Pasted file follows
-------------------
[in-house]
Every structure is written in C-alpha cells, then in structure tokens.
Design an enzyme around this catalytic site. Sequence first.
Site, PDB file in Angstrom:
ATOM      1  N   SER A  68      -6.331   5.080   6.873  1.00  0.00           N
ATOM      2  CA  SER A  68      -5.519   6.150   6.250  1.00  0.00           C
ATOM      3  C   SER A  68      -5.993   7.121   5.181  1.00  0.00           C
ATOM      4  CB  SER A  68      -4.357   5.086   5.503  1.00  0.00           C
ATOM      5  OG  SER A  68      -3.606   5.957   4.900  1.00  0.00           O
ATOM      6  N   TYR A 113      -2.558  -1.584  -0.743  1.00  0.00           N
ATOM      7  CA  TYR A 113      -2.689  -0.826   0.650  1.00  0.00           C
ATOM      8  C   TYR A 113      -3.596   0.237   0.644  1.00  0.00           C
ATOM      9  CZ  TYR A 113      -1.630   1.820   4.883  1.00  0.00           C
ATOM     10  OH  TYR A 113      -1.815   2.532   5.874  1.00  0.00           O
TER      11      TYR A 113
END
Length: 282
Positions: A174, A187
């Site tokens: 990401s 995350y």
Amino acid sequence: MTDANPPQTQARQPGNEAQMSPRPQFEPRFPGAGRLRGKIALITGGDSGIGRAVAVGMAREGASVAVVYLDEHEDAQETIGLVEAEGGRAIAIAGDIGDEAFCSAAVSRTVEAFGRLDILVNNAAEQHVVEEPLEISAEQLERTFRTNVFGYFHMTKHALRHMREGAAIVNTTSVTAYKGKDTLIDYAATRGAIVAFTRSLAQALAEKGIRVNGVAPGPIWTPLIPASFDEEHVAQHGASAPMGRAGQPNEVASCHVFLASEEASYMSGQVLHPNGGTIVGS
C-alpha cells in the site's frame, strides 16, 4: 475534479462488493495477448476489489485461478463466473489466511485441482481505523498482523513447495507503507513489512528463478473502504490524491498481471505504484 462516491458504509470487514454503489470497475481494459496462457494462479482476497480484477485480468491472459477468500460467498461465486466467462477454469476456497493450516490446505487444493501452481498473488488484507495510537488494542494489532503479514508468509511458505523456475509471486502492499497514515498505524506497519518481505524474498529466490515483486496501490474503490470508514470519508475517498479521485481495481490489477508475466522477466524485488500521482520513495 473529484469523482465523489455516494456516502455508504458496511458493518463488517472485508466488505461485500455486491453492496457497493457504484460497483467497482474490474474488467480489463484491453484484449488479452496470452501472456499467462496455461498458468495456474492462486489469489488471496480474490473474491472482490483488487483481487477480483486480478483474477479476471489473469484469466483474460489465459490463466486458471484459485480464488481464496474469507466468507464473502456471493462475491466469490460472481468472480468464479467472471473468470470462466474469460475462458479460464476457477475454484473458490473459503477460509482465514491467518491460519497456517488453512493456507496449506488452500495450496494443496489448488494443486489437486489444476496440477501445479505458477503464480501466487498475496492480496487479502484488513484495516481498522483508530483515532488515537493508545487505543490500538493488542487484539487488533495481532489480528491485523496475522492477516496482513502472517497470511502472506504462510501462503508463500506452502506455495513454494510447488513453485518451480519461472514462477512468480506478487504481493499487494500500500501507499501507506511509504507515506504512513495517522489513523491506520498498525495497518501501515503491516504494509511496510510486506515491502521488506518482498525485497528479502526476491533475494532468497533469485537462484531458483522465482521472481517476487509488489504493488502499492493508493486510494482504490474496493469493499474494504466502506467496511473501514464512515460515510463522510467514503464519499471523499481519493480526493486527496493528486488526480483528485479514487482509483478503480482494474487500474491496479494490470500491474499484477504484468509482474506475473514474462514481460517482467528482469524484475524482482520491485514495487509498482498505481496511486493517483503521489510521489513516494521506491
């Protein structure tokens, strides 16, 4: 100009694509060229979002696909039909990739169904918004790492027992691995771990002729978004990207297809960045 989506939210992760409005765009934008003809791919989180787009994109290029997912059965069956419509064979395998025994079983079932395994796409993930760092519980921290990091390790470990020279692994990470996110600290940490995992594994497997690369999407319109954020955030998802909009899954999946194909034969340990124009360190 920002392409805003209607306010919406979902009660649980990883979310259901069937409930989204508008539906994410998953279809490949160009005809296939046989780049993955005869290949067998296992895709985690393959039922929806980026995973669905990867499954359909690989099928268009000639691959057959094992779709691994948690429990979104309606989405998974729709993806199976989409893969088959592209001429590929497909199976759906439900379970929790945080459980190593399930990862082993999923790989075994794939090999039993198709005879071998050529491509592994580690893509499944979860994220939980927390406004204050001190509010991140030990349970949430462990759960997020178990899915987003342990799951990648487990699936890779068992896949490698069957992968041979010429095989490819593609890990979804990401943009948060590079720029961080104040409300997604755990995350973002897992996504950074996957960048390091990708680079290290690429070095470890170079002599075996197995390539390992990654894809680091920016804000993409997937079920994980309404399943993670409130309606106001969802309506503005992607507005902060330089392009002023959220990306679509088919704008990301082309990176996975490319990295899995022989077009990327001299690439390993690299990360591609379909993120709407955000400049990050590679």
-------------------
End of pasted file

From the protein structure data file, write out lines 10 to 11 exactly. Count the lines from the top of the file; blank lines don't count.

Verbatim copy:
ATOM      6  N   TYR A 113      -2.558  -1.584  -0.743  1.00  0.00           N
ATOM      7  CA  TYR A 113      -2.689  -0.826   0.650  1.00  0.00           C